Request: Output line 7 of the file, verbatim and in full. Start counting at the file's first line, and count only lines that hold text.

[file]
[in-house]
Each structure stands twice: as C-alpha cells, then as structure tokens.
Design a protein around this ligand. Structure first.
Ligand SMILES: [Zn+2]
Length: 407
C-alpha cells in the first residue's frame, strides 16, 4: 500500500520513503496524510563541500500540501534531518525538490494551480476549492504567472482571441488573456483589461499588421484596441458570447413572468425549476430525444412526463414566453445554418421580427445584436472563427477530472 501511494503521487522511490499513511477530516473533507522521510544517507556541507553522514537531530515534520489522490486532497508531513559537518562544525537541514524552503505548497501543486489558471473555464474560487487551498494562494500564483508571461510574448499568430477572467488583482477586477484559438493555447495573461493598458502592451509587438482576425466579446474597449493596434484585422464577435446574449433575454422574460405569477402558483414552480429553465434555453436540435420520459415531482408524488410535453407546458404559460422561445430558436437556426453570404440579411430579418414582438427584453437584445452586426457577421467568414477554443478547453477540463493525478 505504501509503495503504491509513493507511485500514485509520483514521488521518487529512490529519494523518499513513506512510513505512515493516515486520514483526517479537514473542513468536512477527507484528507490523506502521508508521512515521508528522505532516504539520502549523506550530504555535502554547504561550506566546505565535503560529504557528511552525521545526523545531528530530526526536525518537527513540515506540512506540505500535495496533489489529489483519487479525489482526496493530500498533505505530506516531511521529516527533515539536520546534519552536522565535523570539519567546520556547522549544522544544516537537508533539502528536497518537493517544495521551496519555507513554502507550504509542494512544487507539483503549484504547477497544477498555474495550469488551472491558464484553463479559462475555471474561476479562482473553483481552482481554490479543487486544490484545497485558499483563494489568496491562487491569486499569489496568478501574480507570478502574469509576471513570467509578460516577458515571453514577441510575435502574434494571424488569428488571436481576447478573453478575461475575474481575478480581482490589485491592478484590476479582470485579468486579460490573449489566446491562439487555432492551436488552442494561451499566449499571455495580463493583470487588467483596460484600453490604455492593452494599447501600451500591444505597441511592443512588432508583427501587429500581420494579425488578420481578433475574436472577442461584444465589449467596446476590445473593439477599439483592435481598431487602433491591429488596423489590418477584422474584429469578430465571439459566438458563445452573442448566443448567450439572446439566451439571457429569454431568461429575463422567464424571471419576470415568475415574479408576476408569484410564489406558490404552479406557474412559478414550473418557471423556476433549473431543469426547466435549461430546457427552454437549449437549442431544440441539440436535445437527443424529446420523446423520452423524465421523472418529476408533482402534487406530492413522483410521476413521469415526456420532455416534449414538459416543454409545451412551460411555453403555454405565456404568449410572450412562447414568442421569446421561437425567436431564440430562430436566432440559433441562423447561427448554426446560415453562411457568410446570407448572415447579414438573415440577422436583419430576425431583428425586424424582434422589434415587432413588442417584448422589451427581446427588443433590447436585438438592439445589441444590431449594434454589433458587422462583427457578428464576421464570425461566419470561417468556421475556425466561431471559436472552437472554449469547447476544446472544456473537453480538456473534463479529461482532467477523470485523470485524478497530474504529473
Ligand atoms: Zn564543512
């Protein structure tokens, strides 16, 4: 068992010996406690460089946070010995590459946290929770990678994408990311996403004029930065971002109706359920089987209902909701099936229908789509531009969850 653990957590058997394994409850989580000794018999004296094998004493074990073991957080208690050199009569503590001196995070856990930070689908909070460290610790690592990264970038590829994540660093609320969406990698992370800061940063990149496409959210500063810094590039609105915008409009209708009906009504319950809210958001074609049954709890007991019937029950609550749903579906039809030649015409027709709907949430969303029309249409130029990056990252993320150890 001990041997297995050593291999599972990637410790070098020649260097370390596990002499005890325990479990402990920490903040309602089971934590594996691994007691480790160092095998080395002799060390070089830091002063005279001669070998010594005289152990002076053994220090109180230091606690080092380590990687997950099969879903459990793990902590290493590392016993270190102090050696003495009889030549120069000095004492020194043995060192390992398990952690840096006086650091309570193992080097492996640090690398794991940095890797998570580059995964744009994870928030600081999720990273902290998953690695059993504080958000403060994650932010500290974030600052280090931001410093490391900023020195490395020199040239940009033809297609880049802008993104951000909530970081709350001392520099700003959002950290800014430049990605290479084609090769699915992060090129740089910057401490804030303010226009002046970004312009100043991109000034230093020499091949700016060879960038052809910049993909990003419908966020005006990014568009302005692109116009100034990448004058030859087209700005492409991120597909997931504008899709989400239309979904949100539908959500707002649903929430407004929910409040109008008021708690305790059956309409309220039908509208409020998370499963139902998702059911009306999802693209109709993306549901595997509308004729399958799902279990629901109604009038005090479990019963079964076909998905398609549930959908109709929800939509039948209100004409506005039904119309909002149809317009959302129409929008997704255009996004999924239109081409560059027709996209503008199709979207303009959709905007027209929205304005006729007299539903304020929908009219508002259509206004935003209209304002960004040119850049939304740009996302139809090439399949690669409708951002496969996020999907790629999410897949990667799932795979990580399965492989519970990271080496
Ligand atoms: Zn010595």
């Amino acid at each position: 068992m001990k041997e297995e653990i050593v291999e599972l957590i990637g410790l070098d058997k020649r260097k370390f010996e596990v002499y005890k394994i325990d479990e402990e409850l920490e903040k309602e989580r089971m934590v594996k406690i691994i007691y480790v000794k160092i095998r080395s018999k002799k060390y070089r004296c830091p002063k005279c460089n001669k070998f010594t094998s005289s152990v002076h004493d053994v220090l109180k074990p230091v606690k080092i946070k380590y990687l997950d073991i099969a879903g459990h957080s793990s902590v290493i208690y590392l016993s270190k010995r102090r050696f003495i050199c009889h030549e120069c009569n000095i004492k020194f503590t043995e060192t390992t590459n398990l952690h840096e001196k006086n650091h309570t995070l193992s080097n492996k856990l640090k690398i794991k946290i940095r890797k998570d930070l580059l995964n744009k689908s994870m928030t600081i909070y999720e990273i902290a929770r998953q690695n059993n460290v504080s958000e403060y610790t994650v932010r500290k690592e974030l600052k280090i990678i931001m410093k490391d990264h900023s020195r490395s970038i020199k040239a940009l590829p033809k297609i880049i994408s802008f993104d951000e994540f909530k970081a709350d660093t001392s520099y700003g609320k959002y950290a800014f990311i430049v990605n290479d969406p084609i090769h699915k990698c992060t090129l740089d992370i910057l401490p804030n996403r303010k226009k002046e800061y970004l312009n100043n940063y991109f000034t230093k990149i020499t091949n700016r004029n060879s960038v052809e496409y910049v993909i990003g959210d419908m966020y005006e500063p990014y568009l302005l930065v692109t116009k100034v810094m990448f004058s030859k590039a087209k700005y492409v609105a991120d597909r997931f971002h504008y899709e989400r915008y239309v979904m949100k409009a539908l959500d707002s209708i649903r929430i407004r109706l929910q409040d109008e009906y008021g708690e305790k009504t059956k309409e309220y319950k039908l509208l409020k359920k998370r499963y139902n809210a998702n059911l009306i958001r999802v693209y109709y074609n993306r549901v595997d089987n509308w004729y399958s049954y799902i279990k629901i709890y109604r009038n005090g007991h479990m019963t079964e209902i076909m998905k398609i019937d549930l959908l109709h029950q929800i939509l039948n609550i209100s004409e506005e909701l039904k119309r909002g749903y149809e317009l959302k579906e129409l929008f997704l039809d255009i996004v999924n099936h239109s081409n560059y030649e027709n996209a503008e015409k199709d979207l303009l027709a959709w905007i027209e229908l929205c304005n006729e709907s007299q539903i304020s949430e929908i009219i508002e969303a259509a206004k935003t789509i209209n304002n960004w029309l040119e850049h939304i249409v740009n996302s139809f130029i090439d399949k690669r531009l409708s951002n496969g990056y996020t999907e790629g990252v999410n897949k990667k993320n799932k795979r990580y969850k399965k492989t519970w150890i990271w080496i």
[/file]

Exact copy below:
Ligand atoms: Zn564543512